- The public spaces of the town and village centre. This wont be all the young people – no where has ‘all the young people anyway’ – but are there places and times when young people do congregate – is it the town centre on a saturday, the bus shelter on a friday, the village green on a tuesday – if these are places young people choose to be in (as opposed to school where they dont choose) – then this, with the right approach and training, can be a way of making connections in places where young people have already considered safe. Or it might be that this is the time to have the church open for hot chocolate, or take some out with you to the bus stop and spend time just chatting with young people there. If you’ve got a dog collar on, honestly its far easier to do this that try and be some kind of youthworker doing it. Not easy, takes bravery and vulnerability – but much of that is because weve made too many assumptions about young people that make us feel scared of them. Oh and by the way, any abuse from a distance when they see you coming, take that as the ‘mating call of the needy young person’ …. 😉
- What if young people are in their homes, doing their homework, playing on computer games, on social media? And for many this is the new normal, the new reality and the new majority. Maybe for this family, it is not about trying to connect with the young people at all, it is about trying to connect and become meaningful with the whole family. Also the young person is not in their room all day every day. But – What might mission to middle class families look like? And that is not my specialist subject… – churches should be able to offer an alternative to the depression of eastenders or the business of commuter life – a place of hope, quietness, community?
- Attracting families to church with children has been easy, from sunday schools, messy church and every thing else inbetween, and at the moment summer holiday clubs are on, but they are plummeting in terms of numbers, and delivery. But that doesnt mean that in your local area, in your local space an after school group, messy church, themed club (movie/craft/sports) might be just the thing for families to be involved in that you as a local church can do. Forget any national picture or statistic – yes i mean forget it – if a small group of families want to set up a kids club (that you though was old fashioned at what you were doing in the 80’s) then let them. If its what is most meaningful and causes the church to be a space of community and conversation then make it happen. Family work with children isnt necessarily going to bring the young people back. But it at least could cause the church to be looked on favourably locally. At least with 8 year olds coming to a craft afternoon, there is at least the possibility of some group work with them, and having conversations with them and creating a longer term space for their community and conversation to continue. We may need to invest in the potential group work of the 8 year olds and believe in it as a long term process. Telling them theres ‘nothing’ after messy church when they get to 10, is only because we have wasted 2 years in not talking to them about what they might like to do next or continue to participate in.
These all feel like whats been tried for the last 30 years. And yes, thats probably true.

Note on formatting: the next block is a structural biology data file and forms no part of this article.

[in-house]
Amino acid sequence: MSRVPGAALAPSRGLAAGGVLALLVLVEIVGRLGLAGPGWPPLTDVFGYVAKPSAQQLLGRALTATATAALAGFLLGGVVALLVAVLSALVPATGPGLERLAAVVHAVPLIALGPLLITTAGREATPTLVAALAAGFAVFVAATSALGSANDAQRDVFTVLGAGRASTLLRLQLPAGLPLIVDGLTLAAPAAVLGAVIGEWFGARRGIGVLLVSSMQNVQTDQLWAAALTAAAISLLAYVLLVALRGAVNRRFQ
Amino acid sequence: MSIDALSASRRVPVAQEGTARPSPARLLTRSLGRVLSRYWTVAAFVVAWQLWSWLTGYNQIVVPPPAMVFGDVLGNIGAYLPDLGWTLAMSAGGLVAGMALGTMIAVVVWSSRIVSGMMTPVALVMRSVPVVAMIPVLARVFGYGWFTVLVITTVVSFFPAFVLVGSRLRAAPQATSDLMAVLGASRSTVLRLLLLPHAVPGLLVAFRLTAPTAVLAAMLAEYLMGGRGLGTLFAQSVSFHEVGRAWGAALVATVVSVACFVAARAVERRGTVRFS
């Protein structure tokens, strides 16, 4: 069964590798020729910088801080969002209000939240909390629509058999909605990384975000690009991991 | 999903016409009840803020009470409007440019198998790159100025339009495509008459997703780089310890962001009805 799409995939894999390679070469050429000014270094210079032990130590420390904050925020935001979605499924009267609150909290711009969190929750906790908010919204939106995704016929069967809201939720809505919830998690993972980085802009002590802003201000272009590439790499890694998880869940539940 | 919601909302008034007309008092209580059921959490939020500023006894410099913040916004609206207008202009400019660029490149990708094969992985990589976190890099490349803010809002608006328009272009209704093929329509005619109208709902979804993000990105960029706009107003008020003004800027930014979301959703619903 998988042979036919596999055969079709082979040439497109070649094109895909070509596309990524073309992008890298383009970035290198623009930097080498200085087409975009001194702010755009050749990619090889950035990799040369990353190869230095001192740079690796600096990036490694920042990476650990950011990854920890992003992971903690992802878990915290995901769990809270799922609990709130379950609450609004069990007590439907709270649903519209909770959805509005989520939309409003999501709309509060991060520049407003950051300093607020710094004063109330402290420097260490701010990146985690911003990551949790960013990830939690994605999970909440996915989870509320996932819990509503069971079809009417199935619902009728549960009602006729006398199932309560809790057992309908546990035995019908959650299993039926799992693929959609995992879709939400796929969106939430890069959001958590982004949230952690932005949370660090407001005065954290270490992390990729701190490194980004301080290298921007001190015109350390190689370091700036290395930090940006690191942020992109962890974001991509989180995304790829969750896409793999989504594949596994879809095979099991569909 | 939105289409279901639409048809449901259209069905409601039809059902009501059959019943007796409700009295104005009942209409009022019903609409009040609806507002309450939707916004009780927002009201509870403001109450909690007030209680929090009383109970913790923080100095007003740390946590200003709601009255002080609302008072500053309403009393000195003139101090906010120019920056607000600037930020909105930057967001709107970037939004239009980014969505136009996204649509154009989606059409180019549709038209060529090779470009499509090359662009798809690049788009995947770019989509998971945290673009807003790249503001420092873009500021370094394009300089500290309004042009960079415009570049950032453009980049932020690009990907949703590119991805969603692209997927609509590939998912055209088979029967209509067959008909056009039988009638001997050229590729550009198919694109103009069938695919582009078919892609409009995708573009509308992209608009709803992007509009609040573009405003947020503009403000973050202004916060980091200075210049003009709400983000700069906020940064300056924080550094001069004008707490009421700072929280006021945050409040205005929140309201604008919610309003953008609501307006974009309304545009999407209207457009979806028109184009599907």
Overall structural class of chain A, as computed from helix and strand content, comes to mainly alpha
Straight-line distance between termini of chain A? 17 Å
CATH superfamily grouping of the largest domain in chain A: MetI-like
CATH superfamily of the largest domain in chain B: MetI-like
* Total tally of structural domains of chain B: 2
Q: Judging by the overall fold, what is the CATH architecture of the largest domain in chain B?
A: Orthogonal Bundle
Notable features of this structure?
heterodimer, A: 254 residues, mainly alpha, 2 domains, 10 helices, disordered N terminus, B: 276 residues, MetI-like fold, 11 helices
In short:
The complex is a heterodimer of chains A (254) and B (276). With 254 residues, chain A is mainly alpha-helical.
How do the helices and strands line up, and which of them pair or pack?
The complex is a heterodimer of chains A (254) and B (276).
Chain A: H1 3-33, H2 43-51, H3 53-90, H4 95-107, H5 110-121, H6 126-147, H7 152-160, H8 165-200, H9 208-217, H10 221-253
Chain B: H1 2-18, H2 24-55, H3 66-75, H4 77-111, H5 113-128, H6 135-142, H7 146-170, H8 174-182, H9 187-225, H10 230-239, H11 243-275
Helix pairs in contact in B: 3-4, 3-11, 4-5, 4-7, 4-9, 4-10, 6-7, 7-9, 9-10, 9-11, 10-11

I kind of wish that there was some magic answer. Some new answer. And in my last post I did put forward a few new ideas (see previous post)
The reality is that though it is easier to say why churches should involve themselves in working with young people for social and definitely spiritual reasons, actually doing it is going to be quite hard work, and a mixture of looking for opportunities, and also making the most of opportunities that may already be happening, or being in a place where opportunities may emerge (such as the bus stop over a mug of hot chocolate) . Its going to take vulnerability and spirit of collective pioneering and action, and thats not easy. The responses to the question of how to get the young people back into church doesnt need some kind of magic dynamic answer, and not from me anyway, the answer to that question will only be found in your local area, through making spaces to connect, through being present, and through listening to whats already happening, and trying to find a way of being meaningful to all, especially those for whom the normal way of life is leaving them behind, making them stressful, pressured and pained. Churches that want young people for their own survival, might be better placed to think about how other people are trying to do survival and get alongside them. I dunno, seems like Jesus met people in the margins, in the borders and healed those who needed to be lifted up – guess that could be the heart of the gospel, and the heart of Gods mission for young people and their families, its just a hunch. There isnt a new answer to that question, its the same old answer, the story of faith that we’re participating in in our local contexts, and asking how might we present Jesus with young people and in our communities?
Maybe like God himself, we interrupt the norm, with a conversation of love that brings meaning and hope. Bringing young people back to church? a challenging task, especially if we cant find them or have lost them over the years.
God hasnt lost them. God doesnt need to find them either, he knows where they are.
And on many occasions she already hears their cries of help, anguish and pain. They might be closer to God than we already think. We as churches might be closer to being able to offer something, a God to believe in, than we think. Hiding faith behind the package has been one of the approaches, because God has been deemed boring, irrelevant or old fashioned. The mysterious thing is is that God might already be meeting young people where theyre at, the Spirit might be already moving in our towns and villages. And if young people need a story to believe in and participate in when the story of materialism, consumerism or achievement isnt giving hope, connection, autonomy or wholeness, then the story of Gods redemption for the world that we present offers a genuine alternative. Young people rebelling against consumerism by going to church and taking up a simple life… will it happen? If it did would churches know that this might be the authentic narrow way of the gospel that was possibly what was intended..?
Try all the magic methods in the world. Its be difficult to keep young people if theyre done without the mystery of faith and presenting a way of the gospel that is rude, provocative and dangerous, and discipleship as an ongoing active working relationship with Jesus to be experienced.